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RFID Phone Payment Systems Good to Go
A report by a smart card industry group predicts a strong market for RFID-enabled payment systems using mobile phones, but only if certain issues are resolved.
Apr 21, 2005—Significant opportunities exist today in the U.S. to develop a strong market for RFID-enabled payment systems using mobile phones, according to a report by the Smart Card Alliance.
Cathy Medich, chair of the alliance's Terminal and eTransaction Infrastructure Task Force, which authored the report, says that while the members of the task force are optimistic about the market opportunities, building a robust market for contactless payments using mobile phones will require strong collaboration among the stakeholders: financial institutions, mobile phone carriers and manufacturers and retailers.
"Issuing a mobile phone that has a chip in it that can do payments requires that financial institutions and mobile phone operators work together to get the chip in the phone and then have it personalized so that the consumer can use it as a payment device," she says. "And that requires both of those entities, plus the mobile phone handset manufacturer, to think through the infrastructure that needs to be in place to do that. They'll need to figure out how they'll work together to make it easy to use for the consumer."
Written collaboratively by a Smart Card Alliance task force that includes representatives from American Express, Visa USA, Sony, IBM, and producers of chips and merchant point-of-sale terminals used for contactless payments, the report argues that mobile phones show promise as payment devices in the U.S. in part because more than half of the U.S. population over the age of 18 already have mobile phones and many of them are using the phones to make small transactions such as purchasing ring tones and games. While the report does not include any original market research, it points to a prediction from ABI Research that within five years, 50 percent of all mobile phones will include chips that use near field communication, or NFC.
To date, only a few small pilots in the U.S. have involved mobile phones as contactless payment devices. The report points to a pilot in Dallas, involving MasterCard, Nokia, JPMorgan Chase and AT&T Wireless. For this pilot, which ran from February to October 2003, consumers were issued Nokia phones containing RFID tags from Israeli-based manufacturer OTI. The devices were used with RF-enabled merchant terminals, supplied by Santa Clara, Calif.-based ViVOtech, in restaurants, gas stations and convenience stores. Both merchants and consumers had positive reactions to the program, according to the report.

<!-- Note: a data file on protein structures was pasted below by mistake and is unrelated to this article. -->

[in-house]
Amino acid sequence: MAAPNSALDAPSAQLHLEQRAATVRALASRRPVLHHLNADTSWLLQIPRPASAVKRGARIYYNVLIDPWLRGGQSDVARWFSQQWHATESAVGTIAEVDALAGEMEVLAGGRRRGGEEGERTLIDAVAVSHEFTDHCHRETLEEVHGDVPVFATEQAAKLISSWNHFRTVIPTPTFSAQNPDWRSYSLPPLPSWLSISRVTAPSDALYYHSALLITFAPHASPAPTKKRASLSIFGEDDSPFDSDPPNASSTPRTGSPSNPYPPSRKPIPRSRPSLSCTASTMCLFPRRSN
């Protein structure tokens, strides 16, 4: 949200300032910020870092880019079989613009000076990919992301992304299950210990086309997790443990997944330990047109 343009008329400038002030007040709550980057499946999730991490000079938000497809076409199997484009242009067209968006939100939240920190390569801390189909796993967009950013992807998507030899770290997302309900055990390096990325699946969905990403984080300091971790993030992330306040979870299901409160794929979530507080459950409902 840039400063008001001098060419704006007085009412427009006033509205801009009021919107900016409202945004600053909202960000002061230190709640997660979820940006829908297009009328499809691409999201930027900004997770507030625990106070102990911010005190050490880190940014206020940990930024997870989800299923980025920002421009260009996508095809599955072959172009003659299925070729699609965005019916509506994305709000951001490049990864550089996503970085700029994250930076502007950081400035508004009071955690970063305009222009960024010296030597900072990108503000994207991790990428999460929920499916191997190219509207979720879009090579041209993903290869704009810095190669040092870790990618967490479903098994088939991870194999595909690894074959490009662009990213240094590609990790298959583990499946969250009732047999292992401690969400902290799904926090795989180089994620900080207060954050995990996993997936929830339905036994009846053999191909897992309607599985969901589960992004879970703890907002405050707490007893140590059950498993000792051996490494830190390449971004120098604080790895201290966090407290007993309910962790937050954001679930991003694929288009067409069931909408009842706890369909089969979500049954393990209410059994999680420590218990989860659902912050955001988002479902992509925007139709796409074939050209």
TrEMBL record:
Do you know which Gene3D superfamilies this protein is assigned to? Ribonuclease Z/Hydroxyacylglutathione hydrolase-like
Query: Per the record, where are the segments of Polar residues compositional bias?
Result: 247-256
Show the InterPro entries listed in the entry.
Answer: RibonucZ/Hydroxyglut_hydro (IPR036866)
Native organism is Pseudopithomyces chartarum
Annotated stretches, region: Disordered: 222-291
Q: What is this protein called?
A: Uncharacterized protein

The report says that most important to the success of contactless payments in the U.S. is that credit card issuers have all settled on a single RF chip standard: ISO/IEC 14443. Because American Express, MasterCard and Visa are already rolling out contactless payment programs for consumers who use cards or key fobs with embedded RFID tags, a number of merchants are upgrading their payment terminals so that they can handle RFID-based transactions. Mobile phones with an embedded RFID tag that complies with the ISO/IEC 18092 near field communication standard will also work with these merchant terminals because 18092 and 14443 are compatible standards, according to the report.
For more than two years, MasterCard, Visa and American Express have been running pilots involving RFID-enabled cards and fobs in the U.S. Initial results of these pilots have been positive, with credit card companies citing a tendency for consumers to purchase more items in the convenience stores and quick-service food outlets when using the payments devices, compared with consumers paying with cash. (See All CVS Stores to Offer ExpressPay.)
Although the report predicts an increase in the use of mobile phones in contactless payments systems in the U.S. in the coming years, it also points to two consumer issues that need to be addressed: ease of use and concerns surrounding privacy.
"The providers of devices enabled for mobile payment at the physical POS must be able to support mobile transactions that are easy to use and provide real convenience," it says. "Consumers need to be able to add and move payment functionality to their mobile phones easily."
While the report notes that "mobile payment scenarios can enhance security and privacy" by encrypting the information transmitted between the phones and terminals, "consumers are showing a heightened awareness of security and privacy issues...and if the perception exists that mobile payment potentially involves loss of privacy, consumers will not accept it."
The report, entitled "Mobile Payments at the Physical Point-of-Sale: Assessing U.S. Market Drivers and Industry Direction," is available for download from the Smart Card Alliance Web site at no charge to members and government employees. Others must pay a $145 fee.
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